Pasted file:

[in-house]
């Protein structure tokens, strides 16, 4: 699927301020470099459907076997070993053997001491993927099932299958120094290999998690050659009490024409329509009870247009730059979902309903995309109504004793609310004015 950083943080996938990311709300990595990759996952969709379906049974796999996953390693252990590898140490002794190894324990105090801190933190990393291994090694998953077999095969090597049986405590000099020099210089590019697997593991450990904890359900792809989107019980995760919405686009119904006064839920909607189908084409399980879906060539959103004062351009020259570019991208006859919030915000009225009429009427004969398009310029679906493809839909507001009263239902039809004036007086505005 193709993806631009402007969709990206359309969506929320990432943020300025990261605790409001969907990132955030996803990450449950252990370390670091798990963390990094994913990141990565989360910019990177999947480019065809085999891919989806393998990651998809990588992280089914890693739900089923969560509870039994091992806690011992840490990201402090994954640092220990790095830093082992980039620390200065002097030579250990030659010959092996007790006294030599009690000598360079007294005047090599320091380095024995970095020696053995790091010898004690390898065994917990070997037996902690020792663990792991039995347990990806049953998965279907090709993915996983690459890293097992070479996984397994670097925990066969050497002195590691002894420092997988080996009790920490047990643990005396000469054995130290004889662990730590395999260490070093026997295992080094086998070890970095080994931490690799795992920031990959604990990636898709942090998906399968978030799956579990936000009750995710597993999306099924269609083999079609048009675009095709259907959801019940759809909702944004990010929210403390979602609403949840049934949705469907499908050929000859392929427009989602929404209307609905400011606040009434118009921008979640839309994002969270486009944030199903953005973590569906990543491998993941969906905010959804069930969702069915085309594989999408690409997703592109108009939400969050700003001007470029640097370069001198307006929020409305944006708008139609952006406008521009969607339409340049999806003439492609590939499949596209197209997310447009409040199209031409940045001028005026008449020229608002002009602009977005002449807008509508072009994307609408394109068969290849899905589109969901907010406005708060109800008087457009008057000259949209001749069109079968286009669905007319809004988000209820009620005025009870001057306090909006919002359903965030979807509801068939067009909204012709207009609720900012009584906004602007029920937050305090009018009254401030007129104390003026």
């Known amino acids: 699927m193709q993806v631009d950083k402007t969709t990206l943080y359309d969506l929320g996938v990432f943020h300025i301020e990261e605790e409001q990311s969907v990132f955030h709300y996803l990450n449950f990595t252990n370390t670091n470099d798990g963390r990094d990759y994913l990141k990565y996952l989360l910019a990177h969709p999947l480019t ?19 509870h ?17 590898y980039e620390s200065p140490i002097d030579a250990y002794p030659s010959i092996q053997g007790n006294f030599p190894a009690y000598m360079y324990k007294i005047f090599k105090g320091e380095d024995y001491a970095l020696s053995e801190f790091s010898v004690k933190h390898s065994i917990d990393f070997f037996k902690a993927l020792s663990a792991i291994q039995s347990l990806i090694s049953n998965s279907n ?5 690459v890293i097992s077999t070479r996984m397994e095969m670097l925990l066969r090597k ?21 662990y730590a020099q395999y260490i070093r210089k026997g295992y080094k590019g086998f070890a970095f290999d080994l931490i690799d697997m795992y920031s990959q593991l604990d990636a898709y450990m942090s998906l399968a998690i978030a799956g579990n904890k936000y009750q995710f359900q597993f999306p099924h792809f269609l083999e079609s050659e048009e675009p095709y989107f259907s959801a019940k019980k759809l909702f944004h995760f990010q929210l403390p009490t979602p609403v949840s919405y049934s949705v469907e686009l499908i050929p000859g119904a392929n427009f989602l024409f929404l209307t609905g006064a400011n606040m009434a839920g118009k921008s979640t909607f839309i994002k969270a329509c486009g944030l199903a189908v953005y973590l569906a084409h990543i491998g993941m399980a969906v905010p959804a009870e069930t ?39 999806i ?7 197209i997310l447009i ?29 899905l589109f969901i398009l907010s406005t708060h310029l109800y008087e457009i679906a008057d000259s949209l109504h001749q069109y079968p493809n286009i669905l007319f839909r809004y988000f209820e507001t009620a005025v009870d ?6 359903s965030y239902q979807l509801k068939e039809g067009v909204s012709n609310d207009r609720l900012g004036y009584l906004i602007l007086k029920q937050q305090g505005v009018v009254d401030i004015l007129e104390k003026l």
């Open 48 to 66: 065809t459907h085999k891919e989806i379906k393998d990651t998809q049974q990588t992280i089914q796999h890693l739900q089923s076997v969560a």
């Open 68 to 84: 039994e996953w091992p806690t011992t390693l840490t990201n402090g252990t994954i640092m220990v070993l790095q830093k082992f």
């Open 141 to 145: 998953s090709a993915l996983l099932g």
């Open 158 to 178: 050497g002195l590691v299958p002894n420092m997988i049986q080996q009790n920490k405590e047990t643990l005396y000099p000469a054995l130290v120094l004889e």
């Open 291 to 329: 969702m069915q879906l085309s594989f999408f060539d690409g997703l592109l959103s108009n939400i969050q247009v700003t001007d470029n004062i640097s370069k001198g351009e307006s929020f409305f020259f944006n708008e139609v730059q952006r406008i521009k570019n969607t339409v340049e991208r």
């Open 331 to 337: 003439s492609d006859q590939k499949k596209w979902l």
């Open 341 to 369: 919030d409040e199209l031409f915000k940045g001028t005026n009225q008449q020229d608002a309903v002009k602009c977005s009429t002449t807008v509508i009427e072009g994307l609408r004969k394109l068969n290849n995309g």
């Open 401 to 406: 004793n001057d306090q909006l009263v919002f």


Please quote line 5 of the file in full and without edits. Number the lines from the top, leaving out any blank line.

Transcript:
């Open 68 to 84: 039994e996953w091992p806690t011992t390693l840490t990201n402090g252990t994954i640092m220990v070993l790095q830093k082992f």